Alex Wurz calls for young driver contracts to be registered with the CRB

Michelle Foster
Alex Wurz

Grand Prix Drivers' Association chairman Alex Wurz believes deciding exact rules of engagement on overtaking is a tough task, due to how unique each driver collision is.

Grand Prix Drivers’ Association chairman Alex Wurz has called for young driver contracts to be registered with F1’s Contract Recognition Board, and hopefully avoid another Oscar Piastri situation.

Despite winning the 2021 Formula 2 championship, Piastri wasn’t able to step up to a Formula 1 seat this season as his team, Alpine, already had Fernando Alonso and Esteban Ocon on the books.

Spending the year as the team’s reserve driver, Piastri planned for his future and, when it looked like Alpine couldn’t give him a race seat for next season either, began talking with McLaren.

Signing with the Woking team as he had nothing more than a term sheet with Alpine, the latter was shocked when they told the world he’d be taking Alonso’s seat only for Piastri to take to social media to deny it.

The matter went before F1’s CRB, the Board ruling that Piastri’s only valid contract for next season is with McLaren.

Alpine have since conceded they “made some legal technical mistakes” with CEO Laurent Rossi adding that they had “left the door ajar by not forcing him in with a contract that is so tight he couldn’t move”.

But, he added, “we were expecting more loyalty”.

Alpine clearly still feel the wounded party, although McLaren CEO Zak Brown says they look a “little silly” over all the comments they’ve been making to the media.

Wurz believes the best way to ensure a similar situation doesn’t pop up in the future is to have young driver contracts lodged with the CRB.

Those contracts, he says, should protect both parties – the team’s investment and the driver’s ambition.

“If a paying party, like let’s say an F1 team, is doing it with the intention to reserve this talent for F1, if you’re not registered, you should have no option on this talent in F1,” he told Autosport.

“You want the intention of X, Y or Z, who is now in karting, later to be your F1 talent. From this moment on, you need to register.

“So that implies a first right. And if you are not living up to the first right under certain conditions, as specified by the contract, you will lose your right.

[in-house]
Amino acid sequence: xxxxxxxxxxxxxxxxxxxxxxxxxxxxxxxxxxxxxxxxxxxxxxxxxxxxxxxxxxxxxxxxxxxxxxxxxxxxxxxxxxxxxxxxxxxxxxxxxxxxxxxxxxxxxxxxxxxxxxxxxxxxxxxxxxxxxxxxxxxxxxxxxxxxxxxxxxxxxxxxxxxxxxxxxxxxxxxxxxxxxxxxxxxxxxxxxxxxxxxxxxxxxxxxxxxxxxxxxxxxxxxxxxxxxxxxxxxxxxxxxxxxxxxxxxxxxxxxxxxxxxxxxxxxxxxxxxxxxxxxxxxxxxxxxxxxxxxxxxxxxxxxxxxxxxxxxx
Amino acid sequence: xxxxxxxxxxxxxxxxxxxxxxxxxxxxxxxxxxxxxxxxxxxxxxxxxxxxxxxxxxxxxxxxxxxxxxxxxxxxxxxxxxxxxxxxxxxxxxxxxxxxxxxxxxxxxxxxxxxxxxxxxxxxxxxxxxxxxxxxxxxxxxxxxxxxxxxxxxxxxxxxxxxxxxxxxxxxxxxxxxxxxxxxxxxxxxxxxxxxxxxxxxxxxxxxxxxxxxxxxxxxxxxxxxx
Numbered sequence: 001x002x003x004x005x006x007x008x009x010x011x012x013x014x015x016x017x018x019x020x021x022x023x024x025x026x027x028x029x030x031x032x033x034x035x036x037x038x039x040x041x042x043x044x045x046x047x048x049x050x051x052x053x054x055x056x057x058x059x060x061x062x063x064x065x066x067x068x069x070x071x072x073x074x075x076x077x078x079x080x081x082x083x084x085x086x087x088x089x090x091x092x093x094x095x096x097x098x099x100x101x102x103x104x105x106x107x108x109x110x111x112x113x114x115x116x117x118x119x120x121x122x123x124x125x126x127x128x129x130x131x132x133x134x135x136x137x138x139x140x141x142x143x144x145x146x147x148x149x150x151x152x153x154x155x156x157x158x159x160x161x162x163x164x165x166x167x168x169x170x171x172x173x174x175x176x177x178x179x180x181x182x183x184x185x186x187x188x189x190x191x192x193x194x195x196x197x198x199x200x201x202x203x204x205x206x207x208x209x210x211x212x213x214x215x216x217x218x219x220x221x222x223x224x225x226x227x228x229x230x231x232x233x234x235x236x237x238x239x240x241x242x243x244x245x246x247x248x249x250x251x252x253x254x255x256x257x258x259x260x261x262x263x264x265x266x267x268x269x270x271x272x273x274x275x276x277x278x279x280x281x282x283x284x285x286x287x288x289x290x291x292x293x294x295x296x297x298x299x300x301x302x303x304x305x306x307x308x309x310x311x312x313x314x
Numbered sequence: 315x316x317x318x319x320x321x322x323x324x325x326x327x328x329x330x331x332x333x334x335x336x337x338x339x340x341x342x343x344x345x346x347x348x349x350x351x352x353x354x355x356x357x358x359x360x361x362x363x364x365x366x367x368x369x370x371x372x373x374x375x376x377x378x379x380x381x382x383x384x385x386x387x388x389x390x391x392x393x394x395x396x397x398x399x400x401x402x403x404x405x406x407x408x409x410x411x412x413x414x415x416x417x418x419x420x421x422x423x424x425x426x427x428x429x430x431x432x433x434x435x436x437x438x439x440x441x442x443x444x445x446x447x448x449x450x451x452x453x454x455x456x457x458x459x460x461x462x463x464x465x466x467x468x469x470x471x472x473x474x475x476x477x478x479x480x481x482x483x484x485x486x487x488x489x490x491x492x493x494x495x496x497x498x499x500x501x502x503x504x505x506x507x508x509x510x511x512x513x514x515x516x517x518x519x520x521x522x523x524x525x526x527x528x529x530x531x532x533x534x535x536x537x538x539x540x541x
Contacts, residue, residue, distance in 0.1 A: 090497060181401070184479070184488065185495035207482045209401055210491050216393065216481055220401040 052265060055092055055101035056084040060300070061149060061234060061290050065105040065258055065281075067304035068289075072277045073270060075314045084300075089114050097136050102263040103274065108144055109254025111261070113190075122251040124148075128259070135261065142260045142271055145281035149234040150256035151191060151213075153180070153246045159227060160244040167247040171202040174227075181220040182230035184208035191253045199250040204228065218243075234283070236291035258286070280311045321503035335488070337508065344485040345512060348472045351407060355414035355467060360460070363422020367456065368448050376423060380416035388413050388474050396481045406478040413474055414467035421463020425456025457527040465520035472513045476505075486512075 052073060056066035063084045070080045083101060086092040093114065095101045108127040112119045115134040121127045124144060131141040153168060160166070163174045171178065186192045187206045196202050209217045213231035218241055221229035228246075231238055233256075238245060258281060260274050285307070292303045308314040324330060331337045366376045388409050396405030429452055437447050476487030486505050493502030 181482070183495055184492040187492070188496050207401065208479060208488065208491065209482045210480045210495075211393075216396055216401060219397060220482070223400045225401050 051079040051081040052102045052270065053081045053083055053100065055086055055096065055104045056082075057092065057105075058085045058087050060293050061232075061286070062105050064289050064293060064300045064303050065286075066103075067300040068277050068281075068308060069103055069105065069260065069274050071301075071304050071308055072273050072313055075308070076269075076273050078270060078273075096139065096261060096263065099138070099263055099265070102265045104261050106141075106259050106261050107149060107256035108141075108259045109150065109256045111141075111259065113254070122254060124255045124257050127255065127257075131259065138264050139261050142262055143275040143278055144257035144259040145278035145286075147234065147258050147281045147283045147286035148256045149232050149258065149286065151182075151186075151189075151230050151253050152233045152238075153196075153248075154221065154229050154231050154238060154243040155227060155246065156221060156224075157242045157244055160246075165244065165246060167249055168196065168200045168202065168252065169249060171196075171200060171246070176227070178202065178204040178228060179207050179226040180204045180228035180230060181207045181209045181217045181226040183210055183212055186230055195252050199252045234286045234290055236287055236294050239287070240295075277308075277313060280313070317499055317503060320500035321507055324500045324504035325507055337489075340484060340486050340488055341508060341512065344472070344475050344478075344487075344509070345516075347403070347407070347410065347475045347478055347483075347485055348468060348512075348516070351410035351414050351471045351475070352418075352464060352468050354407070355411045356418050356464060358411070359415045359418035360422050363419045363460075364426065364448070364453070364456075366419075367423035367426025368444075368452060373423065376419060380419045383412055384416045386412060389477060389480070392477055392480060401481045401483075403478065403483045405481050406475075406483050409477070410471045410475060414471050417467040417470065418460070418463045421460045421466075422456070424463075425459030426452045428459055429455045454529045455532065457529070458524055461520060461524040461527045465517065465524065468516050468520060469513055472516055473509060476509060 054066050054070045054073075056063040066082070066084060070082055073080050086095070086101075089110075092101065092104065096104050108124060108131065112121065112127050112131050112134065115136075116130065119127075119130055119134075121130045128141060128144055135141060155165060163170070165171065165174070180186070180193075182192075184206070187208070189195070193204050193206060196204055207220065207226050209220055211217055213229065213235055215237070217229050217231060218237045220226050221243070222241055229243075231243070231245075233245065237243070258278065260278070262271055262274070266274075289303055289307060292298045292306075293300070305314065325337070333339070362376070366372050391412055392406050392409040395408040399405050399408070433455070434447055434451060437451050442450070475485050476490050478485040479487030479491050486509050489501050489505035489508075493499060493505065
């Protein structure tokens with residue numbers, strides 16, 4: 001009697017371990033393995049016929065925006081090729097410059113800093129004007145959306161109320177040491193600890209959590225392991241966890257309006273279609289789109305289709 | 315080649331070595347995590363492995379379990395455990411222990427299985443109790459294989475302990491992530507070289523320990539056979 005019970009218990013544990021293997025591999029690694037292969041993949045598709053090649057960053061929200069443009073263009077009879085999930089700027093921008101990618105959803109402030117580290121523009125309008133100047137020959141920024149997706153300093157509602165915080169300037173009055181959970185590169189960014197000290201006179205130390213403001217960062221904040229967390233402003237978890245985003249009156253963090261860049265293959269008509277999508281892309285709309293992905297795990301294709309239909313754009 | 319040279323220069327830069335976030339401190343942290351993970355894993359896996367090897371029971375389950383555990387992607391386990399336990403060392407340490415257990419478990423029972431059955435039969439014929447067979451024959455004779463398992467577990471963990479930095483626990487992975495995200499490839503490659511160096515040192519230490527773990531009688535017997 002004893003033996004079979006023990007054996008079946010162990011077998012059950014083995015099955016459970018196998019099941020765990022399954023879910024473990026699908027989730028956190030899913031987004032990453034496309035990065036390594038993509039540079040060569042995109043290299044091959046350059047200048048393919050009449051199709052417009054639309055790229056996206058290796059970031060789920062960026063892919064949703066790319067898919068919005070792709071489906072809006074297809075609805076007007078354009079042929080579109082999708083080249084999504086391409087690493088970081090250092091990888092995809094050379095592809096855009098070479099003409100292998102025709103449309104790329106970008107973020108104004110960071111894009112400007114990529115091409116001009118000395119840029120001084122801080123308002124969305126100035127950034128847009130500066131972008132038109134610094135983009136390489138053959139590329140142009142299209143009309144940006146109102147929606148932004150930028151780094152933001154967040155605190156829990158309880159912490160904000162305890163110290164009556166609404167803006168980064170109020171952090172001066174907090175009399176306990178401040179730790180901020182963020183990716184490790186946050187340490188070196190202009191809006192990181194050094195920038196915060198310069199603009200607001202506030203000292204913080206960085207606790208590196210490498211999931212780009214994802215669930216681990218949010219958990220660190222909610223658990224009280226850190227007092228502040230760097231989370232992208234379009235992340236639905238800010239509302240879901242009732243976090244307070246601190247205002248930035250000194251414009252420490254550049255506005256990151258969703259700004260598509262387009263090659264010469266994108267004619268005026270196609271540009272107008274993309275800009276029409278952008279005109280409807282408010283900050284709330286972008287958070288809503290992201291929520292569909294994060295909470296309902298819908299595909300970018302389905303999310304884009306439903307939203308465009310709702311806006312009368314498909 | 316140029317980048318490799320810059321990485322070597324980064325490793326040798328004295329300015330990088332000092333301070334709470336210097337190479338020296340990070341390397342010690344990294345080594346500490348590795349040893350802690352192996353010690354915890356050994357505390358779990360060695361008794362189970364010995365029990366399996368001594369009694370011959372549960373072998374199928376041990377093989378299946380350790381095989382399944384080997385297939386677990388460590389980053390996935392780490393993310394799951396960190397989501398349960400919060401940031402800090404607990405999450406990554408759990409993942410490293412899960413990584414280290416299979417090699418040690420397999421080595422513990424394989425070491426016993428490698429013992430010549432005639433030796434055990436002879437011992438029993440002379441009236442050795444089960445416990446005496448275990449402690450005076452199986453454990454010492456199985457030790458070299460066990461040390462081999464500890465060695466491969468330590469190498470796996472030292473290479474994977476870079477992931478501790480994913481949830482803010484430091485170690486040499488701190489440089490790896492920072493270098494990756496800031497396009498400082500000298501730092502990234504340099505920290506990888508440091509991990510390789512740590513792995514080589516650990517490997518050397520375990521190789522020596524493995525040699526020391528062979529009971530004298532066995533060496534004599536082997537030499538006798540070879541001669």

“And a second or third team can take their services, because you can’t also own the talent, and the talent is in a dead end road.

“If you have a talent scheme, and for three or four years you are unable to offer him a contract, then it would be too brutal for a young driver to just be unlucky that you have no seat. He should then be able to go under certain circumstances.

“And I think there needs to be a control mechanism. And the CRB would be my preferred choice.”

Alpine have since said they may drop their young driver programme, the team having lost Zhou Guanyu to Alfa Romeo at the end of 2021 and now Piastri to McLaren.

But while with Zhou the parting was mutual, Alpine still had plans for Piastri, they just didn’t initially include putting him in an Alpine F1 car next season.

“The reason that the teams are looking into academies is that you secure the talent early,” Wurz added.

Alpine's Oscar Piastri at the Canadian Grand Prix. Montreal, June 2022.

“And now we have an example [in Piastri] where if morals would have a standpoint in all of this, you would think someone raises you up, that’s why you need to stay.

“Equally, if whoever raises you up doesn’t offer you the opportunity later, which they contracted you for, I think you should be able to go.

“So not only F1 race and reserve driver contracts should be registered at the CRB.

“Teams or entities in F1 who are buying or securing talent with the clear aim to secure their services for F1 should also register those contracts to ensure that we are not entering the wild west about a few talents.

“Sometimes irrational behaviour of the team bosses triggers really strange contract behaviour. And that can derail a lot of meticulous career planning of parents, investors, junior teams.

“I think it’s better to be controlled under a mechanism like the CRB.”